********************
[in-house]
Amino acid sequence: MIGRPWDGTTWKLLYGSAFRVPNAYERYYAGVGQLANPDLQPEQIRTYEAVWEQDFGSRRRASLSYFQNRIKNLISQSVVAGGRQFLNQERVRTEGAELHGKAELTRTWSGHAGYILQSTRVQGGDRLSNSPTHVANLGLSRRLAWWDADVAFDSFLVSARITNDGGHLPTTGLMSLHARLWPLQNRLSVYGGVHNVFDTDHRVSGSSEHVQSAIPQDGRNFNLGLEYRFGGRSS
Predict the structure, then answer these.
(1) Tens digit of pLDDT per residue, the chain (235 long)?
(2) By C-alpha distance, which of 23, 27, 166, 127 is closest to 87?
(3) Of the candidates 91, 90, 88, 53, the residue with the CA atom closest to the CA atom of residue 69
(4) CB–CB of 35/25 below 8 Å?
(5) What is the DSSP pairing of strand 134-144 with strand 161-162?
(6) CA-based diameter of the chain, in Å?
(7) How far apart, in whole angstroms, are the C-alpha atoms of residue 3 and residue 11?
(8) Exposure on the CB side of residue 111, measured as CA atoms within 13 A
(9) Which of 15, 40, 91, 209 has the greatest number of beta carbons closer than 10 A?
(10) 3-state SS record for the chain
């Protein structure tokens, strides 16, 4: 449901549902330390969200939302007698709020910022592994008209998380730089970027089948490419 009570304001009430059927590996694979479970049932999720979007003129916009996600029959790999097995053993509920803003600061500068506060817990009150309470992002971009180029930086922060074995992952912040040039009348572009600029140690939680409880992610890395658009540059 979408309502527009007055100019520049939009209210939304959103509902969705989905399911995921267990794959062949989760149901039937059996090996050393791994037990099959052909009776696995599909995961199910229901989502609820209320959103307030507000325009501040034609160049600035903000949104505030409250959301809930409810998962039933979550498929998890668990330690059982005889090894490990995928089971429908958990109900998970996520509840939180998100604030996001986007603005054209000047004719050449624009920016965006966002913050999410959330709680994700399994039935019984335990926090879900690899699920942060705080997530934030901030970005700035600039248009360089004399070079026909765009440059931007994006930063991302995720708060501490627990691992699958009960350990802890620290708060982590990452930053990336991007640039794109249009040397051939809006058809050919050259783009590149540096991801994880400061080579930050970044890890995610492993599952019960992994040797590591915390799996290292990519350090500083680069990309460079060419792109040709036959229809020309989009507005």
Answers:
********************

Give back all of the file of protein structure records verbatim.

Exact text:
[in-house]
Amino acid sequence: MIGRPWDGTTWKLLYGSAFRVPNAYERYYAGVGQLANPDLQPEQIRTYEAVWEQDFGSRRRASLSYFQNRIKNLISQSVVAGGRQFLNQERVRTEGAELHGKAELTRTWSGHAGYILQSTRVQGGDRLSNSPTHVANLGLSRRLAWWDADVAFDSFLVSARITNDGGHLPTTGLMSLHARLWPLQNRLSVYGGVHNVFDTDHRVSGSSEHVQSAIPQDGRNFNLGLEYRFGGRSS
Predict the structure, then answer these.
(1) Tens digit of pLDDT per residue, the chain (235 long)?
(2) By C-alpha distance, which of 23, 27, 166, 127 is closest to 87?
(3) Of the candidates 91, 90, 88, 53, the residue with the CA atom closest to the CA atom of residue 69
(4) CB–CB of 35/25 below 8 Å?
(5) What is the DSSP pairing of strand 134-144 with strand 161-162?
(6) CA-based diameter of the chain, in Å?
(7) How far apart, in whole angstroms, are the C-alpha atoms of residue 3 and residue 11?
(8) Exposure on the CB side of residue 111, measured as CA atoms within 13 A
(9) Which of 15, 40, 91, 209 has the greatest number of beta carbons closer than 10 A?
(10) 3-state SS record for the chain
């Protein structure tokens, strides 16, 4: 449901549902330390969200939302007698709020910022592994008209998380730089970027089948490419 009570304001009430059927590996694979479970049932999720979007003129916009996600029959790999097995053993509920803003600061500068506060817990009150309470992002971009180029930086922060074995992952912040040039009348572009600029140690939680409880992610890395658009540059 979408309502527009007055100019520049939009209210939304959103509902969705989905399911995921267990794959062949989760149901039937059996090996050393791994037990099959052909009776696995599909995961199910229901989502609820209320959103307030507000325009501040034609160049600035903000949104505030409250959301809930409810998962039933979550498929998890668990330690059982005889090894490990995928089971429908958990109900998970996520509840939180998100604030996001986007603005054209000047004719050449624009920016965006966002913050999410959330709680994700399994039935019984335990926090879900690899699920942060705080997530934030901030970005700035600039248009360089004399070079026909765009440059931007994006930063991302995720708060501490627990691992699958009960350990802890620290708060982590990452930053990336991007640039794109249009040397051939809006058809050919050259783009590149540096991801994880400061080579930050970044890890995610492993599952019960992994040797590591915390799996290292990519350090500083680069990309460079060419792109040709036959229809020309989009507005």
Answers: